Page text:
Retailing Melts Down

By Deb Gabor, CEO of SOL Marketing


The retail meltdown of 2017 has been well documented by both business and mainstream media. Consumers can see it for themselves with every visit to the ghost towns that are our local shopping malls. Some reports estimate the closing of more than 8,600 brick and mortar retail outlets so far, and there’s no end in sight. As they decrease in consumer relevance, department stores like Macy’s, Sears, and JC Penney may be among the hardest hit. Several trends—including the rise of e-commerce, the over-supply of malls, and the surprising effects of a restaurant renaissance—are changing the face of American shopping. While more spending shifts from brick and mortar retail, industry reports show that in 2017, shoppers are devoting bigger shares of their wallets to entertainment, restaurants, and experiences. According to the Bureau of Labor Statistics, in 2016, for the first time ever, US households spent more on restaurants and bars than on groceries. Some of this change is due to increased pricing competition from big box retailers, an uptick in take-out in urban areas, and an increase in cook-at-home meal kit services like Blue Apron, Plated, and HelloFresh. But this shift also signals some important social changes among consumers. It appears that we’re turning our backs on stuff.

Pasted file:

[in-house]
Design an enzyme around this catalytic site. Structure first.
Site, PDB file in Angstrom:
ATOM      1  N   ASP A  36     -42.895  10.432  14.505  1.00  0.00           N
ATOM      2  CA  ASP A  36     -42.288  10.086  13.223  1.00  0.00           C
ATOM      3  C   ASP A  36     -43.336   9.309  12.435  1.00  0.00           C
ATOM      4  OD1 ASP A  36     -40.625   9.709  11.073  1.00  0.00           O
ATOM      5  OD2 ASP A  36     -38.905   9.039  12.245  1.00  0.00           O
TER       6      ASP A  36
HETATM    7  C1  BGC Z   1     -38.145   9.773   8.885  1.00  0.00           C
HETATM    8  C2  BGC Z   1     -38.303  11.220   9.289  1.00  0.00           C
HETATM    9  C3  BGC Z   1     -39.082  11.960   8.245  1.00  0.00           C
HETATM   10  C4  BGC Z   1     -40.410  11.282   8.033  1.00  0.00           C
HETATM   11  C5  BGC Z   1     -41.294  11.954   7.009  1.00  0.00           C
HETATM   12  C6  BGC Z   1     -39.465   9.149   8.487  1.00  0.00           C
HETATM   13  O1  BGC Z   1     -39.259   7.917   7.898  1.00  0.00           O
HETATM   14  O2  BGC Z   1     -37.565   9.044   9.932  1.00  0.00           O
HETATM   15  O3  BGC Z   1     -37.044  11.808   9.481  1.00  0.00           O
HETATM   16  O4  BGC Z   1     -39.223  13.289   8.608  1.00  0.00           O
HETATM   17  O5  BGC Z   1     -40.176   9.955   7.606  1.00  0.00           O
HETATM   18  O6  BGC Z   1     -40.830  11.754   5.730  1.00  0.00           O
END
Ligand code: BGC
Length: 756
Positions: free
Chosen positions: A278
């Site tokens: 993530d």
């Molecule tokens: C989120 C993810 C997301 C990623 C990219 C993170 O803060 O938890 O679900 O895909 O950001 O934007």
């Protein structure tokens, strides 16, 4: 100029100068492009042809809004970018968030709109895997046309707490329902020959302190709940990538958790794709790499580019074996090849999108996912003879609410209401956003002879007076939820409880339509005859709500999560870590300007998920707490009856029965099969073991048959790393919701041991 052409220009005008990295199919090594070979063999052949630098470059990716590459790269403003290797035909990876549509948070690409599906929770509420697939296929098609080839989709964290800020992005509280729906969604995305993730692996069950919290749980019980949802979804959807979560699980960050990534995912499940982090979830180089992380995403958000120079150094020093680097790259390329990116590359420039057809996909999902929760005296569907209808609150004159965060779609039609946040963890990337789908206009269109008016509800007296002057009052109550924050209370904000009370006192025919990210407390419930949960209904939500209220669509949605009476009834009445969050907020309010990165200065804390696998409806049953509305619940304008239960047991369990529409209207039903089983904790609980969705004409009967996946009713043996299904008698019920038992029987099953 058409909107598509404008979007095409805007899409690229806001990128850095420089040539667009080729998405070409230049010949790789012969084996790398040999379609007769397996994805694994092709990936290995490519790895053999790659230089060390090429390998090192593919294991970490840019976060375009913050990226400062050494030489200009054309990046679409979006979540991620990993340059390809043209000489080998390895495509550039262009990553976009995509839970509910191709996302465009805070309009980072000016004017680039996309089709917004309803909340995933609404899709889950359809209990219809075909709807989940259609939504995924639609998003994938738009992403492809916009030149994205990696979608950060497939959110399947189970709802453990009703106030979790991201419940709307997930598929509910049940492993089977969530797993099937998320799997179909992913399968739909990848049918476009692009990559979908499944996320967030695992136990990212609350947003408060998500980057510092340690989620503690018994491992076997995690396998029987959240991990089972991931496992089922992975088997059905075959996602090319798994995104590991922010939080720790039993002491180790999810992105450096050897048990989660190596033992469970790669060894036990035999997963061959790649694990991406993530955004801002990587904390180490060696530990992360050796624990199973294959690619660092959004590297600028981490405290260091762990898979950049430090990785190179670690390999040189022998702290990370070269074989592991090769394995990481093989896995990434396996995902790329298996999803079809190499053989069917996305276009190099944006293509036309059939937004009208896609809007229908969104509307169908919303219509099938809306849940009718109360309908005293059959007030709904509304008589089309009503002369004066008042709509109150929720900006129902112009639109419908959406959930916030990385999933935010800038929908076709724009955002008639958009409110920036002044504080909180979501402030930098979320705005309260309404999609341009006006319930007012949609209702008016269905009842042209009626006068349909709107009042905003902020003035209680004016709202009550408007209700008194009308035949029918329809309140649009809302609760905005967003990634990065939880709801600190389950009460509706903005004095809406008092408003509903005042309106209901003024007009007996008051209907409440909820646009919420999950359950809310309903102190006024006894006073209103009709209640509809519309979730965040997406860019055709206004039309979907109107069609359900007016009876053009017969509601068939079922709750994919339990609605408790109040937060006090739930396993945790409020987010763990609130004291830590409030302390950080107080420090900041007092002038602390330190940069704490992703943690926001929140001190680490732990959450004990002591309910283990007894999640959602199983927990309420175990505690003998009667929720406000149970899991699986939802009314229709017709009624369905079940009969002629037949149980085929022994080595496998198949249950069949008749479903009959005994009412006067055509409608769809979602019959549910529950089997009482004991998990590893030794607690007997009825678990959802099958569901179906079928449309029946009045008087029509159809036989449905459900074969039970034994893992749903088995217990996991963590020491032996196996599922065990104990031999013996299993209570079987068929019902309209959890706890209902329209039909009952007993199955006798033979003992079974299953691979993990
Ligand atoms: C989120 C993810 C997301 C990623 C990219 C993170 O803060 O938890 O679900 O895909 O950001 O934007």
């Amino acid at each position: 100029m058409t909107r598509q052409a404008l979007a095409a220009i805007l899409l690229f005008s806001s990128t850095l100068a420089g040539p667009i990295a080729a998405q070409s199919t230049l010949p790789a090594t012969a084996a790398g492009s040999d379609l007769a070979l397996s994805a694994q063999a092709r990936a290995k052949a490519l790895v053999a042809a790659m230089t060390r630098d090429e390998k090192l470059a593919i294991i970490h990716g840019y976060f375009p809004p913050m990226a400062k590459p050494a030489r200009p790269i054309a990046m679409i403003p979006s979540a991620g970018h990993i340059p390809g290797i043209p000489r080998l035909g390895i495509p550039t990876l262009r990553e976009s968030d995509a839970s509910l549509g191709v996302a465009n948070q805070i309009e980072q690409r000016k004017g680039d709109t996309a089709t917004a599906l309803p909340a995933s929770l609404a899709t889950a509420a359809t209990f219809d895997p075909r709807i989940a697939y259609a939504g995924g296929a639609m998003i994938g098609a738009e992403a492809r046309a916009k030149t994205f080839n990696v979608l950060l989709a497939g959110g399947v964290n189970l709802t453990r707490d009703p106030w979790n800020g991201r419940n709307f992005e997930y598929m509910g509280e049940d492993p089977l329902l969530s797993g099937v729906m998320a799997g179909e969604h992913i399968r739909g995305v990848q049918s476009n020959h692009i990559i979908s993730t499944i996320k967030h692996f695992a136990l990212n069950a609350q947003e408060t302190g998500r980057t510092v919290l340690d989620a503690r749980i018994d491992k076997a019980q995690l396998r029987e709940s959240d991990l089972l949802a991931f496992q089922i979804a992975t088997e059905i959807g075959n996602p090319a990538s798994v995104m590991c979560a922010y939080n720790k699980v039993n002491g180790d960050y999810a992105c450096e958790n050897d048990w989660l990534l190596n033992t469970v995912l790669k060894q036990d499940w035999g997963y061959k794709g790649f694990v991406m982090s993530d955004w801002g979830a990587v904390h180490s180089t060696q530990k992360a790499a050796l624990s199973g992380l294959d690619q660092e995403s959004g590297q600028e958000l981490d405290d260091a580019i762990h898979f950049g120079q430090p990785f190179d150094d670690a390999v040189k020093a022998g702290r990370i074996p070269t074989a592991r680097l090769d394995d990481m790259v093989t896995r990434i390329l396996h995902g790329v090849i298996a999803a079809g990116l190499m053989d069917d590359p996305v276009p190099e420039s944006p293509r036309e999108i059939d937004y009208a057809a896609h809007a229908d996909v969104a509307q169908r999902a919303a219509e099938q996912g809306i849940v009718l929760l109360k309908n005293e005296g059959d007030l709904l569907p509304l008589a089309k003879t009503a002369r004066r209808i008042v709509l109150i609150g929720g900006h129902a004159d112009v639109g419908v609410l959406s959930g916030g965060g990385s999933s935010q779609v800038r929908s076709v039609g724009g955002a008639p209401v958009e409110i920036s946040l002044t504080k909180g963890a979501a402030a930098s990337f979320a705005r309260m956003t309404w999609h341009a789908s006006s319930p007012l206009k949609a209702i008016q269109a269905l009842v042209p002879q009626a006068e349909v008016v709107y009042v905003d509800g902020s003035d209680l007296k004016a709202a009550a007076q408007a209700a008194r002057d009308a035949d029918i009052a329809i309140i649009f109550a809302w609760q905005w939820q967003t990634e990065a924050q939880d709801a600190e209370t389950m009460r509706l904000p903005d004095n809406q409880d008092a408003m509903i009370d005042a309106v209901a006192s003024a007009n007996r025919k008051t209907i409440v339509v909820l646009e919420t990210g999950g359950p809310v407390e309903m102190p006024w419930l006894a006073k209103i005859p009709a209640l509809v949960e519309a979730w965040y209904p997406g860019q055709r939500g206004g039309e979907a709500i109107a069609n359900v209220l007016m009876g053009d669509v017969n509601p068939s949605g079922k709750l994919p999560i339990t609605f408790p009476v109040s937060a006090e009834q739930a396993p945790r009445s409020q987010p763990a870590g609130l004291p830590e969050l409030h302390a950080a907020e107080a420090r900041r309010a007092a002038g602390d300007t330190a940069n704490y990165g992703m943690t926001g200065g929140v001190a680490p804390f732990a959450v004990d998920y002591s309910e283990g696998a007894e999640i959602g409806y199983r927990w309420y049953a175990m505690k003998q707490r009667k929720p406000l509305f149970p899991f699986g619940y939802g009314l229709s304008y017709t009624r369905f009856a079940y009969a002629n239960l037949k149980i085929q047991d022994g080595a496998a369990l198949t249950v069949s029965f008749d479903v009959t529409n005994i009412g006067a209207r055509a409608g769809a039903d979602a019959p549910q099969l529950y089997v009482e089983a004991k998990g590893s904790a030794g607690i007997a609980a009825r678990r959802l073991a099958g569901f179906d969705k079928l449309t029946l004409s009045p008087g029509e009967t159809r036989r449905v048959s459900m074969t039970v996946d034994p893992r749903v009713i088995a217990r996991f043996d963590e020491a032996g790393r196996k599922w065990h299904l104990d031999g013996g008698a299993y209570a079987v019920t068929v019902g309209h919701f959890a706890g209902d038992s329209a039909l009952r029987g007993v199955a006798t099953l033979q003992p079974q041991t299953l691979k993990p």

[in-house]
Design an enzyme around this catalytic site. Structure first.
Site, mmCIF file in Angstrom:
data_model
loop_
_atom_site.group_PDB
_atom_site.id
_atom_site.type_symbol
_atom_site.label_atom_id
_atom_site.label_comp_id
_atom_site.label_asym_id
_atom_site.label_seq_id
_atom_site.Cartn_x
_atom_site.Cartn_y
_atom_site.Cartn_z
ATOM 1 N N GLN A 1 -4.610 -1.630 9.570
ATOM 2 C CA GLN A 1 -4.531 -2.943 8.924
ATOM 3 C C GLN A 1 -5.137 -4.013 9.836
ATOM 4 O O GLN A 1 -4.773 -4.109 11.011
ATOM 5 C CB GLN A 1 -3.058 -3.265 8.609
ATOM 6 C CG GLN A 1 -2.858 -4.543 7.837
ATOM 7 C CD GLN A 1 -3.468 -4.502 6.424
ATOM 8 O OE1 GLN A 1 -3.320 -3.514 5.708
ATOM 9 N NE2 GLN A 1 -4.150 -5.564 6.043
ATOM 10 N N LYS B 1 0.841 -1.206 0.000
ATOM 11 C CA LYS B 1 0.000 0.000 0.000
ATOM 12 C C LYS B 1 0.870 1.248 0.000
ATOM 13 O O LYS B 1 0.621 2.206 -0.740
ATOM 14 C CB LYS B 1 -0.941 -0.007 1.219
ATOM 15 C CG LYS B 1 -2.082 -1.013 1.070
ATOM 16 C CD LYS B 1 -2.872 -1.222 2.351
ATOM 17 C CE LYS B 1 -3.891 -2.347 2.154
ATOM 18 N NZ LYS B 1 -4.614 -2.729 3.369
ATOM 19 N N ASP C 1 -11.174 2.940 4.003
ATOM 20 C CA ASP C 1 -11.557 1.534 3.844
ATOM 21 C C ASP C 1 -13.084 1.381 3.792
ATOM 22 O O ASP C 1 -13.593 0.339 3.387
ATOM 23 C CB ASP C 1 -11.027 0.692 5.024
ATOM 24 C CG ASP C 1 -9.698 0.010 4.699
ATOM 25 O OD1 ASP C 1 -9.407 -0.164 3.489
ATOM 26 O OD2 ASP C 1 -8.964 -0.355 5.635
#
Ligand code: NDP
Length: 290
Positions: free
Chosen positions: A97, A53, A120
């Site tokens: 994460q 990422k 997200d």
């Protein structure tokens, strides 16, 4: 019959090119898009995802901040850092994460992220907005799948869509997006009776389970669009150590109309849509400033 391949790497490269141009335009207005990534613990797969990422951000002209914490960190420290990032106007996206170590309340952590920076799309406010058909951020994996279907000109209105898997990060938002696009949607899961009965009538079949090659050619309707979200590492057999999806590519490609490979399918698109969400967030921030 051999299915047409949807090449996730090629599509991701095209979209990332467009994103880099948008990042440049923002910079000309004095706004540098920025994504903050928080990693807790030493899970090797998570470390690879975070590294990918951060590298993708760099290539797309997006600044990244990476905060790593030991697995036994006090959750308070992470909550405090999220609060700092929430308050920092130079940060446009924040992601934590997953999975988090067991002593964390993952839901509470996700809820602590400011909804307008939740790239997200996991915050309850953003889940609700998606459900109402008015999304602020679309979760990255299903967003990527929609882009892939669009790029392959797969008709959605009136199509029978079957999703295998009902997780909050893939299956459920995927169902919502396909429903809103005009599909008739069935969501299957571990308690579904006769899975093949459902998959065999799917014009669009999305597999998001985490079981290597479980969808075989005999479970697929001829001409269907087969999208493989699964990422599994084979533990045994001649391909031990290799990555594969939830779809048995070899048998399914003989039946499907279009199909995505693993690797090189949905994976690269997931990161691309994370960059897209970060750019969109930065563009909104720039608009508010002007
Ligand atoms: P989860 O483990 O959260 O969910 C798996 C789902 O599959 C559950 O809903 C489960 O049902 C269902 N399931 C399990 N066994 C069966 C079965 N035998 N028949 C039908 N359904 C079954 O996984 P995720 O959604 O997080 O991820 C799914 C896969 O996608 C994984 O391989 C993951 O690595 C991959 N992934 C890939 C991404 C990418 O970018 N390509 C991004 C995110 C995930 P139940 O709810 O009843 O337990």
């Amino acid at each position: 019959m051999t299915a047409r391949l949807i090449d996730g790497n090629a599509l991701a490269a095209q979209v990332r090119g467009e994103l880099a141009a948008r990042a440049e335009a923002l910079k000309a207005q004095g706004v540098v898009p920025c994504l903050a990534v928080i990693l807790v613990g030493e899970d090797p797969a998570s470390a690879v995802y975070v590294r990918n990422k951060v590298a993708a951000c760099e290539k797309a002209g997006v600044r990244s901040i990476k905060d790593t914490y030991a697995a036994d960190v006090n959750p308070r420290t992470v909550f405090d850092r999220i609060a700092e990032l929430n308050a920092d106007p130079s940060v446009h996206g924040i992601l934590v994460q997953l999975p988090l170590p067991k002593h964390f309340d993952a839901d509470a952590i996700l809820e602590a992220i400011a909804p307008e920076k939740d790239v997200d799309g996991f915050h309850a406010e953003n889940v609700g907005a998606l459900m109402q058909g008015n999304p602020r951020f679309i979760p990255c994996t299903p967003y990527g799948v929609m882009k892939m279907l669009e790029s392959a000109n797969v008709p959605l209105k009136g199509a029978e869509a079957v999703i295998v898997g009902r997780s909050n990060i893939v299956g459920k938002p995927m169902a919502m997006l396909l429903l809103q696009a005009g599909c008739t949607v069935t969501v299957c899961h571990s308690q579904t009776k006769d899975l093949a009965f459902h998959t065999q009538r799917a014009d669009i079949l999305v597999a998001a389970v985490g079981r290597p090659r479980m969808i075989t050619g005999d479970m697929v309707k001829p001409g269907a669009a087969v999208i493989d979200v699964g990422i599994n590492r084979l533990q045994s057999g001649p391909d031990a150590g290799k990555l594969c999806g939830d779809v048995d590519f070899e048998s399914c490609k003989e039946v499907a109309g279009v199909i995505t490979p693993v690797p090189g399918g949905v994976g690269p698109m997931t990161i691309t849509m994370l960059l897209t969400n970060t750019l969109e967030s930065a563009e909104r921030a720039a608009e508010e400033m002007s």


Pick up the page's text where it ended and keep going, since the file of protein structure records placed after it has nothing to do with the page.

A Smorgasbord of Food Options

Traditional grocery is a category that’s been hit hard. We are finally seeing a break in the longstanding pattern in which the bulk of our food spending happens at the neighborhood grocery store. Some of that shift is due to the fact that legacy grocers are in a race with big-box retailers to the bottom, pricewise. But a profound portion of this shift can be credited to a burgeoning sense of “experientialism,” which emphasizes experiences over products. Consumers are flocking to alternative grocery options such as stores that offer curbside service, hands-on cooking classes, or onsite café options. Consumers seek out experiences that elevate their own self-concepts and define them to others. As social media increases in popularity, consumers turn their spending to things that are more Instagram-worthy than a bag of groceries.